Ritholtz's Reads: Alphabet and a Comedy Revolution
Pour yourself a mug of strong joe, settle into your favorite easy chair, and get ready for another great set of longer-form weekend reads:
- The Silicon Valley Boys Aren’t Just Brilliant—They’re Part of a Comedy Revolution (Wired)
- The Lobbyist Who Made You Pay More at the Drugstore (Wendell Potter)
- Learning Larry Page’s Alphabet: When Google became Alphabet, the rationale seemed simple: that a company of companies can innovate faster than a single large beast. But that’s only the start. (Fast Company), see also Andy Grove And The iPhone SE (Stratechery)
- Machines That Will Think and Feel (WSJ)
- House Arrest: How Low Inventory Is Slowing Home Buying (Trulia)
- You won’t believe how Nike lost Steph Curry to Under Armour (ESPN)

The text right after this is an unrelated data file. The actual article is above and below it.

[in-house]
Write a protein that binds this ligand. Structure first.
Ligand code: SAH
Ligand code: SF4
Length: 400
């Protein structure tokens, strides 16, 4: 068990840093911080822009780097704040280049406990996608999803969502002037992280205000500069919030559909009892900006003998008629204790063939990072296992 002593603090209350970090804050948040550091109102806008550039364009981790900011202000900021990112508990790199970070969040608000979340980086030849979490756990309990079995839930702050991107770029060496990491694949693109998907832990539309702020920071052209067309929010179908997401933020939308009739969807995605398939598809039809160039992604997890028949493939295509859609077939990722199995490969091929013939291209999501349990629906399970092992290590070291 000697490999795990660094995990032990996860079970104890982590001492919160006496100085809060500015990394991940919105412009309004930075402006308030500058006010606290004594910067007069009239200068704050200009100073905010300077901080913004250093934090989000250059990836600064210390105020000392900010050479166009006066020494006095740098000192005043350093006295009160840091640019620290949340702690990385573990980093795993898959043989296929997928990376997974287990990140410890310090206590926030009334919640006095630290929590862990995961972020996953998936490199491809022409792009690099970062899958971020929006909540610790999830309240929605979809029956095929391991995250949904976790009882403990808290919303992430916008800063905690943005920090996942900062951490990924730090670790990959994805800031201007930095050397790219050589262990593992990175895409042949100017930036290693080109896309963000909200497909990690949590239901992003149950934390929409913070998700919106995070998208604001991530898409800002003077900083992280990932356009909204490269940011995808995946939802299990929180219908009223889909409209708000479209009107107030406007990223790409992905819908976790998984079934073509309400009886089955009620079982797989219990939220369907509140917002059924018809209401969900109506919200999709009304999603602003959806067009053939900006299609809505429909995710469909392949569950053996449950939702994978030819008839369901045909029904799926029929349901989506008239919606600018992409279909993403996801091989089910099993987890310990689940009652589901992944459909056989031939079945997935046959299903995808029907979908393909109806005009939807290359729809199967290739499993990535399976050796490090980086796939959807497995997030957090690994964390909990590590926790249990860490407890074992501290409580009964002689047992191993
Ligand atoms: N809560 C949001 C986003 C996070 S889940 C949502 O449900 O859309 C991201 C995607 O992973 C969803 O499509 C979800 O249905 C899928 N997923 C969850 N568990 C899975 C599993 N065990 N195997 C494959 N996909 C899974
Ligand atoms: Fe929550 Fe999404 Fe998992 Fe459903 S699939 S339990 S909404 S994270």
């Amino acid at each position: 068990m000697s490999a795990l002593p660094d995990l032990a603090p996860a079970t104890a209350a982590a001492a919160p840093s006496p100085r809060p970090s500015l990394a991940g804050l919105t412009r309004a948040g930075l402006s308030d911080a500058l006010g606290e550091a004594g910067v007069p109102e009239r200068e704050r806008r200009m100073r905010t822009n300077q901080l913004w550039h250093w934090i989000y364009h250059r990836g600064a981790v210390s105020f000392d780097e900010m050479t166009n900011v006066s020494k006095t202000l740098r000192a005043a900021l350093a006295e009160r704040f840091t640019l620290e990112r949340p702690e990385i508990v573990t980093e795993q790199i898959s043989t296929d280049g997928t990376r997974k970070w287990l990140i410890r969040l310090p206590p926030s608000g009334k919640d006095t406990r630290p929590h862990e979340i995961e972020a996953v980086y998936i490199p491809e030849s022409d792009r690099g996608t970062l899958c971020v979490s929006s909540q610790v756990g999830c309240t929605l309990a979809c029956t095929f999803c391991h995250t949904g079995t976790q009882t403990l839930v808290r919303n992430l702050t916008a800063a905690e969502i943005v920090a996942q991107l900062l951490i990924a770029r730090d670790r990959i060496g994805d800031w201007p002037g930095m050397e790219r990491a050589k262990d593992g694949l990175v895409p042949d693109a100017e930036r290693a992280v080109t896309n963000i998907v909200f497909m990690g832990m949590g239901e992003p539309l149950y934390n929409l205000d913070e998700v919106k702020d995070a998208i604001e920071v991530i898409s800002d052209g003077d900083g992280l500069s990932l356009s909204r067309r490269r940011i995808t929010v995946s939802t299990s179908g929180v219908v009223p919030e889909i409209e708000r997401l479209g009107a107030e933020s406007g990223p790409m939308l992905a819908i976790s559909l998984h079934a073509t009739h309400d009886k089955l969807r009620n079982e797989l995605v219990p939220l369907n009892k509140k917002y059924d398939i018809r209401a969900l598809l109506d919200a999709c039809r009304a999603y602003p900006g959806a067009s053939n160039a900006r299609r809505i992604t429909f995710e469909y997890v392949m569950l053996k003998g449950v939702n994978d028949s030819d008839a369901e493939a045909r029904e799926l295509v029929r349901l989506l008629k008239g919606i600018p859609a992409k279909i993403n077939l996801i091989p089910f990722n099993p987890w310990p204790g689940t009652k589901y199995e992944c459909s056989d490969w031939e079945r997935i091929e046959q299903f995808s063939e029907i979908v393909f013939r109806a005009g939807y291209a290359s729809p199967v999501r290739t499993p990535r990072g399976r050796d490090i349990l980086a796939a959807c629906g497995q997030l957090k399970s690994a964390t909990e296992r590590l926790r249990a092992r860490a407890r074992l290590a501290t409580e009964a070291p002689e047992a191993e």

- Sugar tax: how will it affect behaviour? (Behavioural Insights Team)
- Spitfire funds: The ‘whip-round’ that won the war? (BBC)
- Where did ISIS come from? The story starts here. (Boston Globe)
- Fatal mistakes: Doctors and nurses make thousands of deadly errors every year. They are reprimanded. Do they also deserve support? (Vox), see also What Are the Chances? It was supposed to be a simple operation at one of Boston’s greatest hospitals. It turned out to be anything but. (Boston Magazine)
Be sure to check out our new Masters in Business interview with University of Pennsylvania professor Philip Tetlock, co-author of "Superforecasting: The Art and Science of Prediction."
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